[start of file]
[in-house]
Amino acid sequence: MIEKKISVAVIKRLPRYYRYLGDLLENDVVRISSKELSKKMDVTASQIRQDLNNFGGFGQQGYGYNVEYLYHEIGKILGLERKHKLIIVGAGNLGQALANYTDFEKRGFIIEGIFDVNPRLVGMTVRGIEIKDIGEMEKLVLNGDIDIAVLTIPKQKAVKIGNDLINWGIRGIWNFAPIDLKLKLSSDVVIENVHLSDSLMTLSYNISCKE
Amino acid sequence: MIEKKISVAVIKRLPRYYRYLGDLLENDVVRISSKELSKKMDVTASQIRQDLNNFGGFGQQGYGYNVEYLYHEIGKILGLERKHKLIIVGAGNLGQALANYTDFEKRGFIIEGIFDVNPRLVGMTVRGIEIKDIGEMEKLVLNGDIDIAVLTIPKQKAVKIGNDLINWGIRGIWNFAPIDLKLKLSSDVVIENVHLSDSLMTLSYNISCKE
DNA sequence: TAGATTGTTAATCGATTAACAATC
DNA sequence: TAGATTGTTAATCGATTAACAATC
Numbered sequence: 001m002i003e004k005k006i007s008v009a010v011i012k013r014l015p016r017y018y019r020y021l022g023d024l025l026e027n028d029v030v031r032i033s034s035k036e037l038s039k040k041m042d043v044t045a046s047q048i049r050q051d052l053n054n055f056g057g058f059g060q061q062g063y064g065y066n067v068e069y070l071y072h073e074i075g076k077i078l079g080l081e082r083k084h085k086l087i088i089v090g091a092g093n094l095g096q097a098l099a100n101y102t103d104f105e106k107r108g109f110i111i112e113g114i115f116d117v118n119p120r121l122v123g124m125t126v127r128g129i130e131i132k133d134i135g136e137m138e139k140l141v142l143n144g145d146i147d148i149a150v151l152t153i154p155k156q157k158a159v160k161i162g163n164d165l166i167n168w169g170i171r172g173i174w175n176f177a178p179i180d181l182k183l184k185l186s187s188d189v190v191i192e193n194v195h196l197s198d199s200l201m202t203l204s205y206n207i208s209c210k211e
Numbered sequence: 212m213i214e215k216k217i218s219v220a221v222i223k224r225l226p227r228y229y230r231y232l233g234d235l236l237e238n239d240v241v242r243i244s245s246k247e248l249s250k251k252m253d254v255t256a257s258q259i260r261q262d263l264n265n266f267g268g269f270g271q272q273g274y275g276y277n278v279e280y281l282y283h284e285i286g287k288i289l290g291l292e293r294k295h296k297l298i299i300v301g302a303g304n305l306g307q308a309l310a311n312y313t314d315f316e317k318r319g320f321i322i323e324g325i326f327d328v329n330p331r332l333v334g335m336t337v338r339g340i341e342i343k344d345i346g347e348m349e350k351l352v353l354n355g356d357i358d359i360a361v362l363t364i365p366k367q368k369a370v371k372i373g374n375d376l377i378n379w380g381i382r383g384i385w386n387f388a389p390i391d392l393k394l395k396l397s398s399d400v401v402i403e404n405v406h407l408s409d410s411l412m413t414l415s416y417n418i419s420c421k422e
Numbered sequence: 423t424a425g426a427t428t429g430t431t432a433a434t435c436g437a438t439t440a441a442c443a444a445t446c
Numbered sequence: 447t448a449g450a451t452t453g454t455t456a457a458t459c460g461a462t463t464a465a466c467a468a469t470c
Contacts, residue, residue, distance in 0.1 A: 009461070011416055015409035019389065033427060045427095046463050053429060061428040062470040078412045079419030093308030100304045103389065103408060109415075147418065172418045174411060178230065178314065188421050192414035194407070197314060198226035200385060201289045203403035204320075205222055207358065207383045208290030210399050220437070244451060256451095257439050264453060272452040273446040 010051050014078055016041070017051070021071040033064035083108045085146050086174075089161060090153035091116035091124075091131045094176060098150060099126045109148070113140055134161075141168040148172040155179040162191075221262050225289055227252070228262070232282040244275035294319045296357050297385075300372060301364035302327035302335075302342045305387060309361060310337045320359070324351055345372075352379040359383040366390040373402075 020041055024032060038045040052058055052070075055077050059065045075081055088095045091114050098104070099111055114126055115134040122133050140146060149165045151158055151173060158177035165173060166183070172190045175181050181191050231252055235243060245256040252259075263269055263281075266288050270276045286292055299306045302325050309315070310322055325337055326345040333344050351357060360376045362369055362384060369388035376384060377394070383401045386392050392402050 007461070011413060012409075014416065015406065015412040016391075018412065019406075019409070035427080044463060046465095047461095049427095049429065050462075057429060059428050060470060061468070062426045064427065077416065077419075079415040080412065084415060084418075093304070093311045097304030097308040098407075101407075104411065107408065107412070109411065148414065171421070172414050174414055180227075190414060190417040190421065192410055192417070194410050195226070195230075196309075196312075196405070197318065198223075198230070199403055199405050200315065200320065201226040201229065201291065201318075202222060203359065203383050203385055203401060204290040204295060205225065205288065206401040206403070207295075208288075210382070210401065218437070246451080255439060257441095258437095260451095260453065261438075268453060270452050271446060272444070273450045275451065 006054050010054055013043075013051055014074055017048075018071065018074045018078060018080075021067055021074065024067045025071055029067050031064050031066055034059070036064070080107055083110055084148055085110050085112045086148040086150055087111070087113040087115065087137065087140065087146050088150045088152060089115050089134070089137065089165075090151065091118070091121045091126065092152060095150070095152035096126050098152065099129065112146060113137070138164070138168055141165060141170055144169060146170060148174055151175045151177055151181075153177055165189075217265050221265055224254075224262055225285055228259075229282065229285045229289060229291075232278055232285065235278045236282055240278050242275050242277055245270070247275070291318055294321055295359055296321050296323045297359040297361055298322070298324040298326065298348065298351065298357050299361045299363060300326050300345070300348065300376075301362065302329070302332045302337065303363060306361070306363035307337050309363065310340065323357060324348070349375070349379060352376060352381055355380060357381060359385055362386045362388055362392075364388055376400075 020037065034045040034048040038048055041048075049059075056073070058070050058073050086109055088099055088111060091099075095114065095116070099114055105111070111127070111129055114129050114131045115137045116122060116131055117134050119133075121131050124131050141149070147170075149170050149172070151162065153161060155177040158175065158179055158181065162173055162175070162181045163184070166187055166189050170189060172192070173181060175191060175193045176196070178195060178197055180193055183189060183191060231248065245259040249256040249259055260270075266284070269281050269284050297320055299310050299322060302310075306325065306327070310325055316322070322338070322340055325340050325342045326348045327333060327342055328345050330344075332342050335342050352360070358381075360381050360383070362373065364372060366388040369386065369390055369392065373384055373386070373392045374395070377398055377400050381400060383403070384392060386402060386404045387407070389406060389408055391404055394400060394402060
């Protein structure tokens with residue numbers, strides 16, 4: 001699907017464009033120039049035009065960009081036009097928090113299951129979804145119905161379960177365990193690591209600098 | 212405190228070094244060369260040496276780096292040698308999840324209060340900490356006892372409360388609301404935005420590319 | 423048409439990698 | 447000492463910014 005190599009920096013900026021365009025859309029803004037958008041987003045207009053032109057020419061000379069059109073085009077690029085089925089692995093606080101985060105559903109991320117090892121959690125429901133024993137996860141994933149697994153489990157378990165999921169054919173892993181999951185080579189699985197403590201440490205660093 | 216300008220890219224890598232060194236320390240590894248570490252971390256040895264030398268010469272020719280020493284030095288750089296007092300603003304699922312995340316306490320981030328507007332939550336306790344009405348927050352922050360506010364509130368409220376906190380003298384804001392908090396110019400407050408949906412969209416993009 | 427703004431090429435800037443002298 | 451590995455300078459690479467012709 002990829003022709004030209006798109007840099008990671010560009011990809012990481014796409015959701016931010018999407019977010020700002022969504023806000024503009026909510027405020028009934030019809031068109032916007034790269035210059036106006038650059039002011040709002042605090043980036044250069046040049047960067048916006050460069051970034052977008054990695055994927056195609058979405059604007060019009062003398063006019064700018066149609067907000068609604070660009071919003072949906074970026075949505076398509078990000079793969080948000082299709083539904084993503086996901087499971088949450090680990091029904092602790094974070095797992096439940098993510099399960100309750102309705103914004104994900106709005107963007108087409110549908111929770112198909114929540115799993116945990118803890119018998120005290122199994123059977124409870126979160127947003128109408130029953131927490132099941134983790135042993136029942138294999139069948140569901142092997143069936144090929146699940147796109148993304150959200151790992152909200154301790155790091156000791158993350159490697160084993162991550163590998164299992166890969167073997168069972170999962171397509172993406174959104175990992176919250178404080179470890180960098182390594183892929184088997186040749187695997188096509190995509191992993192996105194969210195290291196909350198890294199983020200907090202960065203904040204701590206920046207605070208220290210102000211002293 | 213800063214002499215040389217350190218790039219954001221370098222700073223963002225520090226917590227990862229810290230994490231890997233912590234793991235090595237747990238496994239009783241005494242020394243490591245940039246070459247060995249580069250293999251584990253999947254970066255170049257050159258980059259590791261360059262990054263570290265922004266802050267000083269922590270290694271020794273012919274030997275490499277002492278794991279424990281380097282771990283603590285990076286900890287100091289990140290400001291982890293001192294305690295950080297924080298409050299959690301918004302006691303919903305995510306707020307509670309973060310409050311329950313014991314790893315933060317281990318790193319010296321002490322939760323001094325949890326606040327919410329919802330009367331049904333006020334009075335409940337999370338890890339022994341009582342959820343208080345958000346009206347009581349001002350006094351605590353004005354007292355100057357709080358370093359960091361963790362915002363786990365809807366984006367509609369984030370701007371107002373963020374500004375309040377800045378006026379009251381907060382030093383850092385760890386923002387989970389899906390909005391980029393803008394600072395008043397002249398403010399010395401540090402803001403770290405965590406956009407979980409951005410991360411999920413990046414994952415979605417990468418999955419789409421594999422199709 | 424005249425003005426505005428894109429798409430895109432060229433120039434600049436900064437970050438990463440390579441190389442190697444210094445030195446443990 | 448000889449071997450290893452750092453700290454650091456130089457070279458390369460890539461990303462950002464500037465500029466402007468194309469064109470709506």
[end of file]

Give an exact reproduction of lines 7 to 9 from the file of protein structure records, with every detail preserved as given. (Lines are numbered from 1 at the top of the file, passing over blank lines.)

Numbered sequence: 212m213i214e215k216k217i218s219v220a221v222i223k224r225l226p227r228y229y230r231y232l233g234d235l236l237e238n239d240v241v242r243i244s245s246k247e248l249s250k251k252m253d254v255t256a257s258q259i260r261q262d263l264n265n266f267g268g269f270g271q272q273g274y275g276y277n278v279e280y281l282y283h284e285i286g287k288i289l290g291l292e293r294k295h296k297l298i299i300v301g302a303g304n305l306g307q308a309l310a311n312y313t314d315f316e317k318r319g320f321i322i323e324g325i326f327d328v329n330p331r332l333v334g335m336t337v338r339g340i341e342i343k344d345i346g347e348m349e350k351l352v353l354n355g356d357i358d359i360a361v362l363t364i365p366k367q368k369a370v371k372i373g374n375d376l377i378n379w380g381i382r383g384i385w386n387f388a389p390i391d392l393k394l395k396l397s398s399d400v401v402i403e404n405v406h407l408s409d410s411l412m413t414l415s416y417n418i419s420c421k422e
Numbered sequence: 423t424a425g426a427t428t429g430t431t432a433a434t435c436g437a438t439t440a441a442c443a444a445t446c
Numbered sequence: 447t448a449g450a451t452t453g454t455t456a457a458t459c460g461a462t463t464a465a466c467a468a469t470c